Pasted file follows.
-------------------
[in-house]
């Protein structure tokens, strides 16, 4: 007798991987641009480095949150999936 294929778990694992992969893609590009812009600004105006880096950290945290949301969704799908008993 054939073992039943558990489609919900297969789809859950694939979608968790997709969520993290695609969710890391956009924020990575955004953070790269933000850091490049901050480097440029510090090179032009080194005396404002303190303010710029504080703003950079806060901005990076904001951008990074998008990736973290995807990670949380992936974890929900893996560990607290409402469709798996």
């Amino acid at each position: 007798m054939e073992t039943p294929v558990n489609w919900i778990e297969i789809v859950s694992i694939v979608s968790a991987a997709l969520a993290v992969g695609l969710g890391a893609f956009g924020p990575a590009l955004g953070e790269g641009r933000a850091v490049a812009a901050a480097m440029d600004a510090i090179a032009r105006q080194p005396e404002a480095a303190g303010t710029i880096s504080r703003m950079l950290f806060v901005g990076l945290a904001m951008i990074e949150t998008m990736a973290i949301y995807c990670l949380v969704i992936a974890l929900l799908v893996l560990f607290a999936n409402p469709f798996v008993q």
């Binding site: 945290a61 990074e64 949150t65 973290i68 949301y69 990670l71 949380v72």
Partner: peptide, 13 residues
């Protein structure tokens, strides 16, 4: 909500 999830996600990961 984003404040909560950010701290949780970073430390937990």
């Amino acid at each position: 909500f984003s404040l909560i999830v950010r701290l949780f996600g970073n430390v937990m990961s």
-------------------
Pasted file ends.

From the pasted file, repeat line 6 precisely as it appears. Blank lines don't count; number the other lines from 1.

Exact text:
């Protein structure tokens, strides 16, 4: 909500 999830996600990961 984003404040909560950010701290949780970073430390937990």